In this chapter we deal mainly with volcanism in the Permo-Triassic boundary interval in South China, with brief reference to other parts of the Tethyan realm. In much of South China a level commonly regarded as the Permo-Triassic boundary is marked by the so-called ‘boundary clayrock’, which is a layer of montmorillonite or interstratified montmorillonite and illite several centimeters to a few decimeters thick. The boundary clayrock is marine because it yields conodonts, ostracodes, foraminifera, and glauconite, and because its boron content is everywhere much higher than 100 ppm. It is at the level of the boundary clayrock that the strongest phase of Permo-Triassic mass extinction is recorded and it is also at this level that anomalous concentrations of δ13C, iridium, and other elements have been reported.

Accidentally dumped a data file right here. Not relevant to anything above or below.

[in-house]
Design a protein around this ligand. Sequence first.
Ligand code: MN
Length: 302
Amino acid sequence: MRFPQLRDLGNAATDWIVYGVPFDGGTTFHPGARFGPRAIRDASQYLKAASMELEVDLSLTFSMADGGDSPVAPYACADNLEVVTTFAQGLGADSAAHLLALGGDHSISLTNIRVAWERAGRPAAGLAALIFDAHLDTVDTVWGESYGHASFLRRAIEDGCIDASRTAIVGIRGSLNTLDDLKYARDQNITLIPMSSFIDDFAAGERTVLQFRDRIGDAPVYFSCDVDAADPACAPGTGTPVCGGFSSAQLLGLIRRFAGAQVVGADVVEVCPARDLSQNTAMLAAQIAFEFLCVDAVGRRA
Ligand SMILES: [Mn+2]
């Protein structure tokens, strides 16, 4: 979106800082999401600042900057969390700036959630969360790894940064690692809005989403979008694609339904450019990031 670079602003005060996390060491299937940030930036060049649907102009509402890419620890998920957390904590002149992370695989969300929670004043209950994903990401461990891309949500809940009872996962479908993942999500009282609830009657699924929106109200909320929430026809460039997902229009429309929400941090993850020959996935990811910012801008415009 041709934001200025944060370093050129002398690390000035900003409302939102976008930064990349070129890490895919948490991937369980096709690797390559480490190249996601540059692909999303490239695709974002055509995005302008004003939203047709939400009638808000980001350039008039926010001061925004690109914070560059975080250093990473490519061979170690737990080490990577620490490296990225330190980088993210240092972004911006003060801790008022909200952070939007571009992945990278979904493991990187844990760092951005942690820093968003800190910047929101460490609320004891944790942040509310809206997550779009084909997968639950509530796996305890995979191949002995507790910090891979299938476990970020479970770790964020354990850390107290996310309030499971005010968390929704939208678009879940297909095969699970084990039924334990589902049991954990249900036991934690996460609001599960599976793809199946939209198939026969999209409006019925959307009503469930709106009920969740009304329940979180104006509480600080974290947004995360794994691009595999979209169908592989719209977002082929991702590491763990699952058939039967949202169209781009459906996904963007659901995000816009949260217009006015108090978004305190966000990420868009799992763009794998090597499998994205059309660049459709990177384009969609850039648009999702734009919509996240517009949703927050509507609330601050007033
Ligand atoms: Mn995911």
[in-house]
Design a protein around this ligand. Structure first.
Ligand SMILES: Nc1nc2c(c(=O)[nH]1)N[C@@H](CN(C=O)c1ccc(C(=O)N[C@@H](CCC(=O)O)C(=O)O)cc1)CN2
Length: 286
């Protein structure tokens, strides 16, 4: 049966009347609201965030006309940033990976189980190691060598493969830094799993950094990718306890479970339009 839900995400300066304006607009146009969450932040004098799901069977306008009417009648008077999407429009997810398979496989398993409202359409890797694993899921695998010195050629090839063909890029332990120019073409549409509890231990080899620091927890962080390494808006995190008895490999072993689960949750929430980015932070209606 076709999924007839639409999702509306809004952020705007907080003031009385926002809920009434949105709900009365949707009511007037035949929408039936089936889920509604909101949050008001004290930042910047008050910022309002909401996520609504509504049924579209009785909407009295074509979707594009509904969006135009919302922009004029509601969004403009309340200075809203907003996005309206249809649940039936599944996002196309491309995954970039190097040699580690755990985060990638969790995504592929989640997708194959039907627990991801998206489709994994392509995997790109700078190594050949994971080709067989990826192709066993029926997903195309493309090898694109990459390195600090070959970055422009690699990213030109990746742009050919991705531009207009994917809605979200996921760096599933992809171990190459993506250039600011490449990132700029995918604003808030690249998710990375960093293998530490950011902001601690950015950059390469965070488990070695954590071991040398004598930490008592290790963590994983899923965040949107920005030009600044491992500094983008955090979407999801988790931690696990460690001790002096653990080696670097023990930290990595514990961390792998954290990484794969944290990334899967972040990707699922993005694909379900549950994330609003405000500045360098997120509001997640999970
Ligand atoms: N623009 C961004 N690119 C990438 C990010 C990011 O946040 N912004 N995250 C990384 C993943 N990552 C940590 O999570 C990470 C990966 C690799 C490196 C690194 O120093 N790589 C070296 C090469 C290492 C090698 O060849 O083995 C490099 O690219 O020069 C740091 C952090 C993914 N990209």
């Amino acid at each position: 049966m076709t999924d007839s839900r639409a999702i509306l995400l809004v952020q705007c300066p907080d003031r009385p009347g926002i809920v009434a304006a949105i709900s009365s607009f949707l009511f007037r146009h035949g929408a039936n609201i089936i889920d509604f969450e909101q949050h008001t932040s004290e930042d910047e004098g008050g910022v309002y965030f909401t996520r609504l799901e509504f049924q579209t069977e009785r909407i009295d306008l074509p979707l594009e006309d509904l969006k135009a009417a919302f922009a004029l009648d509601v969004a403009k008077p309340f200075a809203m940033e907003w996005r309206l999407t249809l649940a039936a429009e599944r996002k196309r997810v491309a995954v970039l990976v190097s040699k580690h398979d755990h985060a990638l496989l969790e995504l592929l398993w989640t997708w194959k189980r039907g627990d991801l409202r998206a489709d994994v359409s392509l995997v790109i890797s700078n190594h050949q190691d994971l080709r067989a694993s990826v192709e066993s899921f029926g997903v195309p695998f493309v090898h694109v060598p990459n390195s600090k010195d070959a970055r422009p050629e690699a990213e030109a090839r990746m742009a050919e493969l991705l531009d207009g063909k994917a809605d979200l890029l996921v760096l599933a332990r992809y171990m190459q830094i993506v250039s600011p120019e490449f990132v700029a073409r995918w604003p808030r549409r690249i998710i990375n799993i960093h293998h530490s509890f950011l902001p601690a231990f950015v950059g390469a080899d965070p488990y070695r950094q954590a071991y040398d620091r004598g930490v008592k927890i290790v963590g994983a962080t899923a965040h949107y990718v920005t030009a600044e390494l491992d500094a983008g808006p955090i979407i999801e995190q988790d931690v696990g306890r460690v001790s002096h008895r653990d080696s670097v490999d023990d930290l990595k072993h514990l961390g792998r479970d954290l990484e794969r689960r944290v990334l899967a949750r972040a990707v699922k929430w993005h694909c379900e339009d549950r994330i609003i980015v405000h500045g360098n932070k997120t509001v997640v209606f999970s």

Our ideas about volcanism in the Permo-Triassic boundary interval are based on the nature of the boundary clayrock, and on evidence from sphaerules in the boundary clayrock.
Nature of boundary clayrock
More than 30 occurrences of the boundary clayrock and other boundary rocks have been found to be of volcanic origin. The well-known boundary clayrock of the Meishan section, Changxing, Zhejiang Province, was first regarded as sedimentary. However, owing to discoveries in it of high-quartz (beta quartz, Plate 13.1, fig. 8) and other volcanic indicators (He et al., 1987) this layer has been shown to be hydrolyzates of volcanic ash. The equally famous boundary clayrock in the Shangsi section, Guangyuan, Sichuan Province (bed 21 of Yang et al., 1987, or bed 27b of Li et al., 1986) is montmorillonitized tuff (Li et al., 1986).